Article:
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Teenage Cancer Trust

on 21/04/2017

It is often said that our teenage years are formative. The only language I spoke in then was sarcasm, I demanded responsibility but deep down wanted support, I grew taller, danced in mosh pits, dated boys, popped spots, made the mistake of shaving my eyebrows and generally took some slouchy reluctant steps towards finding my sense of identity and place in the world, all in between episodes of Buffy the Vampire Slayer. I can’t then imagine how I would have coped with an earth shattering cancer diagnosis in the way Stephen Sutton had to.

I think on how I would have felt sitting on a hospital ward surrounded by children much younger or more juvenile than how I perceived myself or indeed amongst elderly more sedate patients, wondering about all the stuff I was missing out on with my friends. Without the work of Teenage Cancer Trust this would be a common reality of young people with cancer. It is this charity’s aim to give control back to young people to enable them to access the best cancer support in the way they want it, be it treatment with others their own age and/or the support of specialist staff.

Do you remember Stephen Sutton’s story? Stephen was a fifteen year old blogger diagnosed with terminal cancer who posted his bucket list online and was taken into the nation’s hearts. If you recall the number one item on Stephen’s bucket list was to raise £10,000 for Teenage Cancer Trust and in fact he ended up raising over £5 million. It remains the biggest single fundraiser in the charity’s history and the highest performing JustGiving page ever created. Stephen passed away three years ago at 19 and was given a posthumous MBE for his activism, so what have the charity been up to since that time?

They’ve certainly not been sitting idle. Last month a series of high profile concerts at the Royal Albert Hall featuring performances from Ed Sheeran and Olly Murs organised by Roger Daltrey of The Who have ensured their cause remains in our minds and firmly in the spotlight. This is a charity very much on the ascent, indeed whilst I was volunteering this week I learnt of some even more exciting news but it’s currently top secret with an announcement next Wednesday - so watch this space…

With just two days to go until the London Marathon, I spent some time with the charity’s challenges team to take on some pre-race preparation. I was lucky enough to do some filming at the Expo in London. Whilst waiting for the team to arrive I was loitering by what I believed to be the entrance when a young american girl came up to me and asked if this was where Prince Harry was coming in. My jaw hit the floor and I learnt he was opening the event! In the next few minutes BBC and Sky camera crews began to arrive and set up and the area quickly became cordoned off. Myself and my american sidekick Antoinette decided to chance our position in amongst the melee of journalists and as such managed to bag ourselves front row spots for the ribbon cutting! After the ceremony I managed to get a handshake from HRH before he was whisked off (and I can confirm two days later my right hand remains unwashed haha!)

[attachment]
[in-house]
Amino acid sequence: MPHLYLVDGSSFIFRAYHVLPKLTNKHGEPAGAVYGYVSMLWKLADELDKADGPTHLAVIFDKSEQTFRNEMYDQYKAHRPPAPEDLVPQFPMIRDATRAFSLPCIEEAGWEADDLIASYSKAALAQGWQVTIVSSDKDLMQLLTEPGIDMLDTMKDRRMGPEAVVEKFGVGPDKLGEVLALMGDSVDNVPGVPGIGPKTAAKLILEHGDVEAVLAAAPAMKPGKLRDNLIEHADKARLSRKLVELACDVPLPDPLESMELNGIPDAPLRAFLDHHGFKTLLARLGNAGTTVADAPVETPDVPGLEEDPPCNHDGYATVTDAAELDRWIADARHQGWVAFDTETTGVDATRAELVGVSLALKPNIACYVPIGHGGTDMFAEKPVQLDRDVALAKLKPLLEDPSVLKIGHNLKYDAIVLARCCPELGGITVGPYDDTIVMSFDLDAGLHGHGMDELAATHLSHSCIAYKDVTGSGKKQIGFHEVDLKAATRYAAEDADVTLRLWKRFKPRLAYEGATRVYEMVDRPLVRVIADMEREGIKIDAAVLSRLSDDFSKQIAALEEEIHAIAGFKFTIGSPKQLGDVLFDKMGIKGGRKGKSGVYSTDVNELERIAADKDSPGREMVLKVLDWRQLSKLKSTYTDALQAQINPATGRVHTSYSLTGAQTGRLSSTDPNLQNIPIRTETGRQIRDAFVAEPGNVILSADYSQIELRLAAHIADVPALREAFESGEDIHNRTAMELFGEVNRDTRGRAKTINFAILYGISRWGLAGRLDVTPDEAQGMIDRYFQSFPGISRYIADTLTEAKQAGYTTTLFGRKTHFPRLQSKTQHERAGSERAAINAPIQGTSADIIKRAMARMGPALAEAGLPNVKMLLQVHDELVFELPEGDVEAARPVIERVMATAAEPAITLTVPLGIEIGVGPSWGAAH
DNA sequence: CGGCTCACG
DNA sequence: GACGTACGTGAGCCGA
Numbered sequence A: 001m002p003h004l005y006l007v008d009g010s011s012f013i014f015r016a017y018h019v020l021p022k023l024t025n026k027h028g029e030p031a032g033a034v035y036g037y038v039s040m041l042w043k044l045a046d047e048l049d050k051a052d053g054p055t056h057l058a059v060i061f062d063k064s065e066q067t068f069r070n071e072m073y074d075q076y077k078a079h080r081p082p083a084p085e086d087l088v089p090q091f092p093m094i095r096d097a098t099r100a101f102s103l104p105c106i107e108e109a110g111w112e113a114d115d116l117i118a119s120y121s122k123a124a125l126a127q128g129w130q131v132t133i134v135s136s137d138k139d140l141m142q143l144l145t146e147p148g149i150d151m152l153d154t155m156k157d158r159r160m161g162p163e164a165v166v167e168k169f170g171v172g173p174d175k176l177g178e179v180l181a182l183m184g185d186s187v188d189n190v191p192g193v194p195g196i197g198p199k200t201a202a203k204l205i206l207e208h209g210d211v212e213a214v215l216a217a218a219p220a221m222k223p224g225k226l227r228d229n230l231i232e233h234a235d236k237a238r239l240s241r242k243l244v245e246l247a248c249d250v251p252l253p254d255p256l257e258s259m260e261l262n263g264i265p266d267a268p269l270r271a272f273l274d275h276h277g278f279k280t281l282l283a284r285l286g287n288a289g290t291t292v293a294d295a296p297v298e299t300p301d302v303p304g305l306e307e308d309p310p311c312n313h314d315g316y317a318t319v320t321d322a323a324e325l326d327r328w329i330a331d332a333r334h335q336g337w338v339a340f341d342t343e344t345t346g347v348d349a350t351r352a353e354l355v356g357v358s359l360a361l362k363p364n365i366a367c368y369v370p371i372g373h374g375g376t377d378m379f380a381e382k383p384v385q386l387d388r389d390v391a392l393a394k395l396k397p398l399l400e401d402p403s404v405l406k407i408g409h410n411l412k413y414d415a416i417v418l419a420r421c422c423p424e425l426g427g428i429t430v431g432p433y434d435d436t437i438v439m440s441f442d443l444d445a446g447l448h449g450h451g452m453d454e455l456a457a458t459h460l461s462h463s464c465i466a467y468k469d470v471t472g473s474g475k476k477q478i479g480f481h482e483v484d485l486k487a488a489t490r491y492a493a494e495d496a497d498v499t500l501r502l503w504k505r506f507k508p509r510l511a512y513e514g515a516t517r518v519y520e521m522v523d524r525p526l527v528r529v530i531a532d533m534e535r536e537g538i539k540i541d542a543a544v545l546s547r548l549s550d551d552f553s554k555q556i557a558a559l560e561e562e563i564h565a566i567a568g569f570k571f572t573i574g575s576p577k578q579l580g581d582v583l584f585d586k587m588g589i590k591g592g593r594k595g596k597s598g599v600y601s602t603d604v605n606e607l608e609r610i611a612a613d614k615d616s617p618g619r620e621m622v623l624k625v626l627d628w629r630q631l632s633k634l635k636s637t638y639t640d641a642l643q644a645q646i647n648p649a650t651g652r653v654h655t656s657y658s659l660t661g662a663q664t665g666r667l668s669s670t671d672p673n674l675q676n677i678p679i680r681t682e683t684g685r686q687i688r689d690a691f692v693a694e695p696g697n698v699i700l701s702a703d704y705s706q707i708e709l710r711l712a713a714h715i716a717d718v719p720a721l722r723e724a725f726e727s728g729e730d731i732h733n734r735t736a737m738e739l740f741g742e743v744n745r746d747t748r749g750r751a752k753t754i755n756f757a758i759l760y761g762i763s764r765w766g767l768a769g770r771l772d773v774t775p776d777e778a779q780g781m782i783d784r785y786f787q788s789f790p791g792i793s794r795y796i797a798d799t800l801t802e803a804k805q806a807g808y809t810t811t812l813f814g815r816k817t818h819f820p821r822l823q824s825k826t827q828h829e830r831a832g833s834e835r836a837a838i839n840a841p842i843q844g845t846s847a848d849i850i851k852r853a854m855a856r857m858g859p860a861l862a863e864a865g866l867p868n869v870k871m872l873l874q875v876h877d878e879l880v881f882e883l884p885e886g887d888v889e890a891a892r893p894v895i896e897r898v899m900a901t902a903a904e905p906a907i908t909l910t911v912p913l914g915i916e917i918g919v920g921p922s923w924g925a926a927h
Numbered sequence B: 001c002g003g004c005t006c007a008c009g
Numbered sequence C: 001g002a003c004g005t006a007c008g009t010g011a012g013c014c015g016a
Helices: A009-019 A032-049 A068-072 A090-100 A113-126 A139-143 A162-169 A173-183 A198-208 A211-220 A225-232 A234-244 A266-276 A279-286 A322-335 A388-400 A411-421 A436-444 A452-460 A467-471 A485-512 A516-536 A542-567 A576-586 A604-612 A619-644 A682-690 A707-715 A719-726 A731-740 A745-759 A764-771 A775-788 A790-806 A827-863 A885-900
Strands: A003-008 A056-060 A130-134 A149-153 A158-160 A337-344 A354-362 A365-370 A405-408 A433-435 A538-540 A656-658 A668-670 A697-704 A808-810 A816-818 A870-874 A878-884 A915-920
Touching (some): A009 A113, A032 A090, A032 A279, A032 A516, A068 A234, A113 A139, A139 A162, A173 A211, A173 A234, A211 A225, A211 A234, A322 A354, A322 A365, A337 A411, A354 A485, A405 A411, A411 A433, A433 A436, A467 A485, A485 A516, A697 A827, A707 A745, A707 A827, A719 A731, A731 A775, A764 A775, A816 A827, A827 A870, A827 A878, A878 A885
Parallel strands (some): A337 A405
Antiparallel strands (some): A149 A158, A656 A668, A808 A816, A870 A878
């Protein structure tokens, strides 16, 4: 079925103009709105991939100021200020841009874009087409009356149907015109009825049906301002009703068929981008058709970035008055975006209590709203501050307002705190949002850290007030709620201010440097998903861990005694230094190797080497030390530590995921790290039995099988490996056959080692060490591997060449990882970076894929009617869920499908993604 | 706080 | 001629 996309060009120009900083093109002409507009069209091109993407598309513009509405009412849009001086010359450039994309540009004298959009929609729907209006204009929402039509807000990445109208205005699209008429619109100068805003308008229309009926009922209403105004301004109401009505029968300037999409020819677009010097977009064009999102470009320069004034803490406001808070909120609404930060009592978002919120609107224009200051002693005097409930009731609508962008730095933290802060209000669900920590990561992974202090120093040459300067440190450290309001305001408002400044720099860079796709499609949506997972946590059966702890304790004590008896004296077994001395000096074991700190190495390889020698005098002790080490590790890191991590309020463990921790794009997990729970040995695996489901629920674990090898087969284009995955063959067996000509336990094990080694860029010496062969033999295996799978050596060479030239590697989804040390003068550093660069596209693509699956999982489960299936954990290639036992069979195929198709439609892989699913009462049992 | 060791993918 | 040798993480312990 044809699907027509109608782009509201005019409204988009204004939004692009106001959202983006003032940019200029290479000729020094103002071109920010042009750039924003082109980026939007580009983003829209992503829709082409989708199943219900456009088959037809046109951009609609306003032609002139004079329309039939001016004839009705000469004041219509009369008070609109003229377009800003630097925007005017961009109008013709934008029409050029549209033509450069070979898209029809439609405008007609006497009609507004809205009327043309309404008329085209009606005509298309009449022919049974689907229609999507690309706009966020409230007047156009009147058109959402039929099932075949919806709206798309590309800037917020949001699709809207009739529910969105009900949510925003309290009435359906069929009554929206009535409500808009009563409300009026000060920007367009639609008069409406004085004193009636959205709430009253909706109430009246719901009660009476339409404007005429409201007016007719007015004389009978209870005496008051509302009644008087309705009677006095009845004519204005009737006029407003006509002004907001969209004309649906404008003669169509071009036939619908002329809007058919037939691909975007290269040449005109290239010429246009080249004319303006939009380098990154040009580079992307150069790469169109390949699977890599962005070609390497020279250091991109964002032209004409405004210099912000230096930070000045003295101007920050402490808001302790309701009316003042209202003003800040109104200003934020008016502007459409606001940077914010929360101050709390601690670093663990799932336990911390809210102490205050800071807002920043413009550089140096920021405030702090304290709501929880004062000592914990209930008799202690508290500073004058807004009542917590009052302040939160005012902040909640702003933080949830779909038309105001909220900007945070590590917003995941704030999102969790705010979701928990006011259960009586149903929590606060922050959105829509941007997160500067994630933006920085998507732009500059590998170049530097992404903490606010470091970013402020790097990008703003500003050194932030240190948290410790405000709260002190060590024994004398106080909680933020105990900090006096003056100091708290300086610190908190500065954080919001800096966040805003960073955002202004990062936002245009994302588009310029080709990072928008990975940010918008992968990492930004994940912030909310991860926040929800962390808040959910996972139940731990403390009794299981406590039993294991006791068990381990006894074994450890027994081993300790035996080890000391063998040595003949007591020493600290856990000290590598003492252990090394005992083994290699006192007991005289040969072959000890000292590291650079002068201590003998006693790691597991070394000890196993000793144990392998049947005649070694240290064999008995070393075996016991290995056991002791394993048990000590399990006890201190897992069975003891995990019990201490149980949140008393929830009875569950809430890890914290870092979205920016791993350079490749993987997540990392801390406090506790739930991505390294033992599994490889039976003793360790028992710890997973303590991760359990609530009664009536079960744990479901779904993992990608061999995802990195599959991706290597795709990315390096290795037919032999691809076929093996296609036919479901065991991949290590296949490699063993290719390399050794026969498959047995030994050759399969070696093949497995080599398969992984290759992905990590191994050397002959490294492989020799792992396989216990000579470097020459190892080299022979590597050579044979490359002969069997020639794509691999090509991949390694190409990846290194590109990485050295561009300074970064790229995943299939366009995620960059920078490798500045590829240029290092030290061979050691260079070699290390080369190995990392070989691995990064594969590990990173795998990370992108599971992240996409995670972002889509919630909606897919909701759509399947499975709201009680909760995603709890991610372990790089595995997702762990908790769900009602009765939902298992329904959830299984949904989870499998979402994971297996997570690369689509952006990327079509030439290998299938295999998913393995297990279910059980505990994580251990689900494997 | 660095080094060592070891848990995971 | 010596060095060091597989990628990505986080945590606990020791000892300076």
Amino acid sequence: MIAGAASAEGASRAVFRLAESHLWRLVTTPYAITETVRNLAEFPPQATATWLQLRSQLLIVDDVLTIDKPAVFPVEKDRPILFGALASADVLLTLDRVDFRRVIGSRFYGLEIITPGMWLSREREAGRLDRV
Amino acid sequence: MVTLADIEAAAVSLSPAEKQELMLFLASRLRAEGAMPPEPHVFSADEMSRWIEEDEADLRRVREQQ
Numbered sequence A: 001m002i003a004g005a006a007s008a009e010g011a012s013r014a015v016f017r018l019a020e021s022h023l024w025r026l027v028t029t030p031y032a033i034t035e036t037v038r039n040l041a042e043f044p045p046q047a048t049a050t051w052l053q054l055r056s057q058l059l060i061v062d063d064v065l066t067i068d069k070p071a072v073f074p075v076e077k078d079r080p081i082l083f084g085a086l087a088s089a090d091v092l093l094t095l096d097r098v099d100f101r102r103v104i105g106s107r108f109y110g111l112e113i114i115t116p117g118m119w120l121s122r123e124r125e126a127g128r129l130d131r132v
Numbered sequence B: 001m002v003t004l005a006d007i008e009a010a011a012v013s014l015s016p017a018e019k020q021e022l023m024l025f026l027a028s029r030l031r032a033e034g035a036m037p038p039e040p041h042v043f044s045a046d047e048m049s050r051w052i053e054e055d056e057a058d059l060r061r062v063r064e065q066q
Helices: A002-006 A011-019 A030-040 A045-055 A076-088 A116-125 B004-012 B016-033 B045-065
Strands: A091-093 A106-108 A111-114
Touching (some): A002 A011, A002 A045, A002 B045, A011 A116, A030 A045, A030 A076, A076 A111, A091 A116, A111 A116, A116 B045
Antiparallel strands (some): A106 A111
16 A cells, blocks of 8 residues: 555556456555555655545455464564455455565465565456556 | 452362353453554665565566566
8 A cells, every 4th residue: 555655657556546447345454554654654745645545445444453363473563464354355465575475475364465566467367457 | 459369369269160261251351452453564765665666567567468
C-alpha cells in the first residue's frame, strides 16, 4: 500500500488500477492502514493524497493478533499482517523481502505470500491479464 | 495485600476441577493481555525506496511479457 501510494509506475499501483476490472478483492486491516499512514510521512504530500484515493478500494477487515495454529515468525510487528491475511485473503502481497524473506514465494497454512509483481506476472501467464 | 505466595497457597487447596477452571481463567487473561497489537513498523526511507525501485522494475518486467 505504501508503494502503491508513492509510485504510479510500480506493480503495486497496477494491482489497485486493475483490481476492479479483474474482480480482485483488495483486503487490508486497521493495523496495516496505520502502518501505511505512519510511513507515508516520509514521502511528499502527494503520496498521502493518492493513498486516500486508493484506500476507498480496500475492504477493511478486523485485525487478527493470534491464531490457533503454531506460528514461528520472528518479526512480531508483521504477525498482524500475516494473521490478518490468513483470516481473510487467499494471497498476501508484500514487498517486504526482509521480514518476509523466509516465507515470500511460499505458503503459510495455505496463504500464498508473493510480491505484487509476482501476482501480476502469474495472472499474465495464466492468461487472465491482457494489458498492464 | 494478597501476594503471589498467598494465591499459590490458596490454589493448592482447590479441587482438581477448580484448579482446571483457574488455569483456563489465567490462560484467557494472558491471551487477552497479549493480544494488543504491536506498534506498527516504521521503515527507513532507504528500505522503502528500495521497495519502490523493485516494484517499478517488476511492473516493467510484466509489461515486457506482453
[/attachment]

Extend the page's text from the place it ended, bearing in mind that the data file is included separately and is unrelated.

However back to the matter in hand. Once the excitement of the royal visit had died down, I was able to take in the enormity of the expo itself with stalls from charities all around the country and exhibits from some of the top sports brands, there was a lot to see and do even for a non-runner. Exploring done, I helped Chris and Emily man the Teenage Cancer Trust stand and met some of the 170 intrepid runners, raising for the charity on Sunday. Including the incredible Mike the mod and his leg-powered polystyrene lambretta! It was amazing to hear some of their stories and reasons for supporting this charity and I wish them all the best of luck on Sunday.

Please watch my video to get a flavour of the day itself. Next week I’m off to Scotland with Lauren Currie Twilight Foundation!

All good things,

Alice

Alice Biggar

Author: Alice Biggar

Alice is our National Philanthropy Manager & current holder of The Nicest Job in Britain.